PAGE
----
Saturday, August 30, 2014

we're not in mexico any more, toto

"I really must apologize for this weather."

It was my friend Dr. Bob allowing his English genes to run rampant -- apologizing for circumstances that were well out of his pay grade.  We were standing on the beach at Cleveleys just north of Blackpool.

If you have never been to Blackpool, I am not certain that any of my writing skills can convey the spirit of the place.  But I am safe for at least one more day because our trip yesterday took us north on the carbuncle of land on the west cheek of Lancashire that juts into the Irish Sea.  The same sea that Bill Bryson called "tobacco-colored" and James Joyce labeled "snot green."

That may be why the English are somewhat apologetic of its more turbulent moods.  And turbulent it was yesterday.  Blustery.  Cloud-covered.  Misty.  A 9 on the Steve Cotton scale of weather, where a 10 is 55 degrees, overcast, and drizzle. 

And there I was in my shorts, short-sleeved cotton shirt, and sandals, as if I were walking the sweaty streets of Melaque.  The difference being that I was comfortable in Cleveleys.  The few people who were out and about on that Friday afternoon, most likely locals, were bundled up as if they were going to accompany Roald Amundsen to the south pole.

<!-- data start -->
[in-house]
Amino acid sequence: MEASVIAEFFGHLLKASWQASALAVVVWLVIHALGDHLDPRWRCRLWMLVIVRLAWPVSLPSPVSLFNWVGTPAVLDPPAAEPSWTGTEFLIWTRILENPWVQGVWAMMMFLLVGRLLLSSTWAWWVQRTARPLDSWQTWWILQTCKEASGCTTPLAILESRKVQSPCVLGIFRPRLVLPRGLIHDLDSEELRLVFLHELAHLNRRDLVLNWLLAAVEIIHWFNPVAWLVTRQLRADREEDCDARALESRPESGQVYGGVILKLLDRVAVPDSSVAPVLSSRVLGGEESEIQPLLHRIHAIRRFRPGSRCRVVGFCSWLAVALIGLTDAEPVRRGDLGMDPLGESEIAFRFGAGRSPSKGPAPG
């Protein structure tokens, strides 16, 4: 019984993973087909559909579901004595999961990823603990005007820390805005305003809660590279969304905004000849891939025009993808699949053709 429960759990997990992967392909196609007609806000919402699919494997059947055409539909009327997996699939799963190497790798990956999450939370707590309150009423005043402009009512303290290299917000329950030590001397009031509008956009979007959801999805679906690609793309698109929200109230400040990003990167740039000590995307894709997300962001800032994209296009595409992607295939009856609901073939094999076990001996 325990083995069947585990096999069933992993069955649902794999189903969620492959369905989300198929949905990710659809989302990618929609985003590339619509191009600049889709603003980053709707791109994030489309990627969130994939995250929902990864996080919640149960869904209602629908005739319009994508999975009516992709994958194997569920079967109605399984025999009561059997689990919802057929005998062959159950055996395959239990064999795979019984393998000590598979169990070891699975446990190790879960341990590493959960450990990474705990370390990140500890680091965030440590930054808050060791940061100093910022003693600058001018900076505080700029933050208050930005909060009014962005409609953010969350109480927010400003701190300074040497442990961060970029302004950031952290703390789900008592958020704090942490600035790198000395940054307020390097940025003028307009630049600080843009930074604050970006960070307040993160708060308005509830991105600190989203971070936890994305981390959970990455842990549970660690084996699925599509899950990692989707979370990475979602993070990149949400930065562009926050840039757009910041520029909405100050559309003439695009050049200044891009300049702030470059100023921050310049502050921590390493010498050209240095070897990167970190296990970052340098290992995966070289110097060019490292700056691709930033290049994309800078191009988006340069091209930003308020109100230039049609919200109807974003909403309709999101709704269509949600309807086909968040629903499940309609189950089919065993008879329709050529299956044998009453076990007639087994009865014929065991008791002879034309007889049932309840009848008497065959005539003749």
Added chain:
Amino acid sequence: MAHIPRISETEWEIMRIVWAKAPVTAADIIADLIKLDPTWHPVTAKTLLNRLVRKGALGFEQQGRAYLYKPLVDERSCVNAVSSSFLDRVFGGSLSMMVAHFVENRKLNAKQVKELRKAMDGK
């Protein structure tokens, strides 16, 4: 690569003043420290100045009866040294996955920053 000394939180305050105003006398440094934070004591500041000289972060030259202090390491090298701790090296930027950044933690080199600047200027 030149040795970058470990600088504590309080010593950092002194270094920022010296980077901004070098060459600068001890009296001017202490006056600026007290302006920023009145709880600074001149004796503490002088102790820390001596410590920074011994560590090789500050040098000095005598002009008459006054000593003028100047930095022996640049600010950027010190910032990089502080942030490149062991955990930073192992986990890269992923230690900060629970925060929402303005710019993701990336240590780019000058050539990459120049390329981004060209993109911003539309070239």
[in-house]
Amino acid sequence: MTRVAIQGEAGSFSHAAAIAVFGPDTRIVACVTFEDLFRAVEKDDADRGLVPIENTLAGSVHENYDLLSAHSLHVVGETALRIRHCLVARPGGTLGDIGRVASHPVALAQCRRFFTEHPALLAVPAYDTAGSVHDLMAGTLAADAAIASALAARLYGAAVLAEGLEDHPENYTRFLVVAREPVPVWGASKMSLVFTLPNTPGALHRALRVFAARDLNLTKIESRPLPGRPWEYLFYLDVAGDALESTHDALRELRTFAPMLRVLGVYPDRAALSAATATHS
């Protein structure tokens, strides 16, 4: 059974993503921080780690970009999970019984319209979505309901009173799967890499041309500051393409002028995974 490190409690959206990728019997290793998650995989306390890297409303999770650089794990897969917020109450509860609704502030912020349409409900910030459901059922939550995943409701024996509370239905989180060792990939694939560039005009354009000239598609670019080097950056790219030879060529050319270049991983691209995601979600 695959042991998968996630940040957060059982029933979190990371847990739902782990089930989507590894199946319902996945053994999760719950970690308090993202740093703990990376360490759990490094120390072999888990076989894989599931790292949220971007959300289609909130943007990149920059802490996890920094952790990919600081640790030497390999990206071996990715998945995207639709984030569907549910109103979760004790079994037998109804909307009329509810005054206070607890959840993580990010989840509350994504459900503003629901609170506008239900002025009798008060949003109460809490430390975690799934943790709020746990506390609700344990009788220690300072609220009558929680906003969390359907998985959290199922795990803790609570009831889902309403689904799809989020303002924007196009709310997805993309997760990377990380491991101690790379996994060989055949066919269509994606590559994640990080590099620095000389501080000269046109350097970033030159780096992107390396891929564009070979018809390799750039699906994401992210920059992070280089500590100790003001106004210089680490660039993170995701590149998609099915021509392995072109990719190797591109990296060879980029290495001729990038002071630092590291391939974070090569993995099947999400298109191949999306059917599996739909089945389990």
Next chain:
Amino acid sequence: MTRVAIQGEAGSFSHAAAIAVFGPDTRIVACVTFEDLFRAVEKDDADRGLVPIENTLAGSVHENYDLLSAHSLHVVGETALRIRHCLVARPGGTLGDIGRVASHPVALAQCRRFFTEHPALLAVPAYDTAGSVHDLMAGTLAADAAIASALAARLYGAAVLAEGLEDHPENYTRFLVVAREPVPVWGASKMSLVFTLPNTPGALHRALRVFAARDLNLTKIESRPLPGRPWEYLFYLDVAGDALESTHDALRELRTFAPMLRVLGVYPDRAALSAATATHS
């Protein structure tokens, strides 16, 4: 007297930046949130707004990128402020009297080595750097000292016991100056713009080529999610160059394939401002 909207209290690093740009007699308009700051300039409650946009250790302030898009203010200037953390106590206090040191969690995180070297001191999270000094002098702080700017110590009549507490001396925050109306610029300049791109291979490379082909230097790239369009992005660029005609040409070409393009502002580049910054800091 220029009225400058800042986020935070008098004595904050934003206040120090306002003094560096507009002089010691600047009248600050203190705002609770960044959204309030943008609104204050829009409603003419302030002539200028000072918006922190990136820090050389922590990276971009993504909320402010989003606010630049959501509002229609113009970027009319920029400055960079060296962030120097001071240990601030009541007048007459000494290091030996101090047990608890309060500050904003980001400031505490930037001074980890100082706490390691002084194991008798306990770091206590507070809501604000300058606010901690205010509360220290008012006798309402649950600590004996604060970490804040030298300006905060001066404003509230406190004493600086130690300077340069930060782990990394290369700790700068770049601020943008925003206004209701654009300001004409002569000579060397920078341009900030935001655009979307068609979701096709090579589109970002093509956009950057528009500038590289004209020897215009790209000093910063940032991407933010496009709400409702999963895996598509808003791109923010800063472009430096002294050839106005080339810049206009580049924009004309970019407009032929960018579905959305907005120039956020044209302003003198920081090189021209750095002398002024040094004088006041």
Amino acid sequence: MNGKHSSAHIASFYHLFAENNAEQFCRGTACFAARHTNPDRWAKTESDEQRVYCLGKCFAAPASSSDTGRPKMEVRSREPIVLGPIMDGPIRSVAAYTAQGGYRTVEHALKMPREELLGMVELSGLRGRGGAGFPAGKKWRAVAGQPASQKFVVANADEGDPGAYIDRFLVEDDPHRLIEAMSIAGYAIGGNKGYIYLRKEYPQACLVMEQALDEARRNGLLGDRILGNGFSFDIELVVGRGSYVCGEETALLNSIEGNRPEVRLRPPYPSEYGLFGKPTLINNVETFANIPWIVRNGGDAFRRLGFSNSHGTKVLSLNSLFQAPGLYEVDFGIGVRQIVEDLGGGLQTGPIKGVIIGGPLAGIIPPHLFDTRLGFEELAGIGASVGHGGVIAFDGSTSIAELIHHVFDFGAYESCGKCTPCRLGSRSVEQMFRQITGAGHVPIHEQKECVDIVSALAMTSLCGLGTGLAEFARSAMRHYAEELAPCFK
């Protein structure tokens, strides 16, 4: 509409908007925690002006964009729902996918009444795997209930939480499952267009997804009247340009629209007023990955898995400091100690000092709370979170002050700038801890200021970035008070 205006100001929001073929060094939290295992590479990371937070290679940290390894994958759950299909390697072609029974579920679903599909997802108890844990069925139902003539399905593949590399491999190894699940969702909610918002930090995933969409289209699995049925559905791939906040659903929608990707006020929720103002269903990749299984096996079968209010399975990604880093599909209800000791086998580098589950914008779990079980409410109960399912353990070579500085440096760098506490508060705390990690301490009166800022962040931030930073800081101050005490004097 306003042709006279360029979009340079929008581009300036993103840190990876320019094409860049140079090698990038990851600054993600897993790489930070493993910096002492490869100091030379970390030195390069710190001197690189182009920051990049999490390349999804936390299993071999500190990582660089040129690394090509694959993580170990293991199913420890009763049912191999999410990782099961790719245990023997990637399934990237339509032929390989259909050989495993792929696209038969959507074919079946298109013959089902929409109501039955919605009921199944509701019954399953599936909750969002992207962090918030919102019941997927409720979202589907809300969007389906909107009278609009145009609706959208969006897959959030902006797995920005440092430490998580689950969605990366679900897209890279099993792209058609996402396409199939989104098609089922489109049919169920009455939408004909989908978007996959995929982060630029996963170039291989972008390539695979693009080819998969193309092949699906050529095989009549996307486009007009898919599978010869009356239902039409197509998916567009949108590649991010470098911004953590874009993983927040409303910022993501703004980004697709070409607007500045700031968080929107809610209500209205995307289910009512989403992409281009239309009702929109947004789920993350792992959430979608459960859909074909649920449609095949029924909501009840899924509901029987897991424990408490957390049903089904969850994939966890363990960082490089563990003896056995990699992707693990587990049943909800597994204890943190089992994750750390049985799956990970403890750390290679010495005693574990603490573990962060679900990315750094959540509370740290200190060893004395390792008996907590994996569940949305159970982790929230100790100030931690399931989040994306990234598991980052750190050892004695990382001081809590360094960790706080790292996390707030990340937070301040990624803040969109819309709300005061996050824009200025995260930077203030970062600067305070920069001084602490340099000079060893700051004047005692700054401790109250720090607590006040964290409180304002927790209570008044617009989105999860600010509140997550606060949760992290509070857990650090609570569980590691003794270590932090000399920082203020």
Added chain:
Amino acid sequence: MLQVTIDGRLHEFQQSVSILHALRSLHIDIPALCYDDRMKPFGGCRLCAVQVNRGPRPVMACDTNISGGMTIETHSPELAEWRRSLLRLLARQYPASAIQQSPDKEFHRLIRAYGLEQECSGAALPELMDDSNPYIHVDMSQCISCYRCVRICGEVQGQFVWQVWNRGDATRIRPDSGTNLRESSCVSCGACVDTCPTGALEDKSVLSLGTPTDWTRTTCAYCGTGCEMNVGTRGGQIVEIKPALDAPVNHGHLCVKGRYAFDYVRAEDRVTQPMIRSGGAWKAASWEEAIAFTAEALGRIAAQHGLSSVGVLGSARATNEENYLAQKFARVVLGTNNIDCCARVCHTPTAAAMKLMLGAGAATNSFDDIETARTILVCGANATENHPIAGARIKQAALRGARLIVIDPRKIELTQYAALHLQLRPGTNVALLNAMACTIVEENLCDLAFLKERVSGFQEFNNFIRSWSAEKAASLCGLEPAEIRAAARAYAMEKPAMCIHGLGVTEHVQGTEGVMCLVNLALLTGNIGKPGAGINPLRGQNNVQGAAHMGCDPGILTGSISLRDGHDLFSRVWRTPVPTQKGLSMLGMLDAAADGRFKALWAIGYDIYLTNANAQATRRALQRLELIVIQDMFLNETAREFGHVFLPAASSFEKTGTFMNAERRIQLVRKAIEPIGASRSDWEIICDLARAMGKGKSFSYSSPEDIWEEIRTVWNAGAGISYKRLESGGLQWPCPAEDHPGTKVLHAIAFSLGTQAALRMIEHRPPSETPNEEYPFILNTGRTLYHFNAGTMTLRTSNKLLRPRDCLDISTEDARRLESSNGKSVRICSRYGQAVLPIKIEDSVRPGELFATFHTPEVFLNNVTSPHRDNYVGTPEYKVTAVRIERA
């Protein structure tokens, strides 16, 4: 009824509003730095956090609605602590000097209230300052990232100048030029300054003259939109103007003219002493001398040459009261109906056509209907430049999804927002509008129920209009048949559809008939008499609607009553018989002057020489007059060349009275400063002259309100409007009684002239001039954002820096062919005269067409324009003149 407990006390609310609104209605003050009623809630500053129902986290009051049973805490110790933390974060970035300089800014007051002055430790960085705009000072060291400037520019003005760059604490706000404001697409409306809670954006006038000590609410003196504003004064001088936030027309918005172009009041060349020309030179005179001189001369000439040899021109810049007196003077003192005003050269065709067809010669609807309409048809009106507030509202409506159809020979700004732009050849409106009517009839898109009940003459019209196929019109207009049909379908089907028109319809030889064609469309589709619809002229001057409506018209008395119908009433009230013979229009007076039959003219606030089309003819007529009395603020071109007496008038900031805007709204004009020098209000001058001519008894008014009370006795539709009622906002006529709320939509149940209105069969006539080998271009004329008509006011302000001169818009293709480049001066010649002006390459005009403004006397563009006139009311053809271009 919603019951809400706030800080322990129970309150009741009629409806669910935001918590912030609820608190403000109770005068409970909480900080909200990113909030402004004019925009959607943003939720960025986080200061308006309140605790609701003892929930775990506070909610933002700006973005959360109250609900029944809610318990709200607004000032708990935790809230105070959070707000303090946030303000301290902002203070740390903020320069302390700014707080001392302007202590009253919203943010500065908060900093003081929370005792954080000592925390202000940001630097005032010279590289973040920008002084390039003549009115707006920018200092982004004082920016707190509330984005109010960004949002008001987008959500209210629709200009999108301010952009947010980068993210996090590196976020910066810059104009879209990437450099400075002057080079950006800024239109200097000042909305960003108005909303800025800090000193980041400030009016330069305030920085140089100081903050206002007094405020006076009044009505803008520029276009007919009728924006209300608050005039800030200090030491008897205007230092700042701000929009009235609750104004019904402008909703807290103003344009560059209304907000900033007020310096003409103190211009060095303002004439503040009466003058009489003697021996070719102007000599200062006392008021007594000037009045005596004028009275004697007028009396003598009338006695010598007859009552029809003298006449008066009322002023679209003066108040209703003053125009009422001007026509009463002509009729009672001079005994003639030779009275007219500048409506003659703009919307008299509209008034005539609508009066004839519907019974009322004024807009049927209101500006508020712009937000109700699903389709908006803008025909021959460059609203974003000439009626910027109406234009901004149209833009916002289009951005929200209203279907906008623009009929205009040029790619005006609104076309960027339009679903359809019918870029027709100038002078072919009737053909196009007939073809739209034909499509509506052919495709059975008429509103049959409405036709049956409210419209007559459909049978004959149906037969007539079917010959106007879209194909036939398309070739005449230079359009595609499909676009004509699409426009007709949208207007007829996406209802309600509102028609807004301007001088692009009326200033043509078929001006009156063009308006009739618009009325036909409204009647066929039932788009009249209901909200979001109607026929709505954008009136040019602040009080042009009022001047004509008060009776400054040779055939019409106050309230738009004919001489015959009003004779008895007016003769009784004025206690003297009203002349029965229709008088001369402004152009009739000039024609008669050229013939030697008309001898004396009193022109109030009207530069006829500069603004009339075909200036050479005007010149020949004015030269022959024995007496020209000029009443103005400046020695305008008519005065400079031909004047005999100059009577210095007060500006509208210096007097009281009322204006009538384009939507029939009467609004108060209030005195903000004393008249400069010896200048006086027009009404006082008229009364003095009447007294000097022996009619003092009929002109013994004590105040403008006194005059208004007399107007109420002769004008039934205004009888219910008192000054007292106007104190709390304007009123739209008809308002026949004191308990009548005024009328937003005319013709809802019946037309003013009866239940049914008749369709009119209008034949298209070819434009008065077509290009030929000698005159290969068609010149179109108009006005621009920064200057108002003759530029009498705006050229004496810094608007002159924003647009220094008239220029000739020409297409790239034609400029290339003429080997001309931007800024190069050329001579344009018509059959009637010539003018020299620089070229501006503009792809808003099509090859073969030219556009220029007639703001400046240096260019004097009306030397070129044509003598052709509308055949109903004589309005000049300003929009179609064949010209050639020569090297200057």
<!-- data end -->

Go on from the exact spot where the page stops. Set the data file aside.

But, just as I did not move to Mexico for the weather, I did not come north for the weather.  I am here to see friends of longstanding and to meet new ones.

I have known Bob and Hilary for almost 40 years.  We met on a trip to Spain and Morroco -- the same trip that spawned the myth of Steve Cotton on a camel.  Even though they divorced years ago, I never miss the opportunity to spend time with them whenever I am in England.

Both of them have remarried.  I met Hilary's husband Ernie and Bob's wife Fon for the first time on this trip.

Fon treated me to several Thai dishes upon my arrival -- some traditional, others of her invention.  I love Thai food, but my experience has been limited to restaurants.  Her cooking was far better.  It was so good, I had the remains for breakfast today.

Yesterday was a day to enjoy where rural England and the sea transition into one another.  Today will be a variation on that theme -- riding the tram along this portion of England's coast.

But, better than the scenery, is the opportunity to share it with old and new friends.  And that is why I am here.

No apologies required.  Enough said.  End of story.

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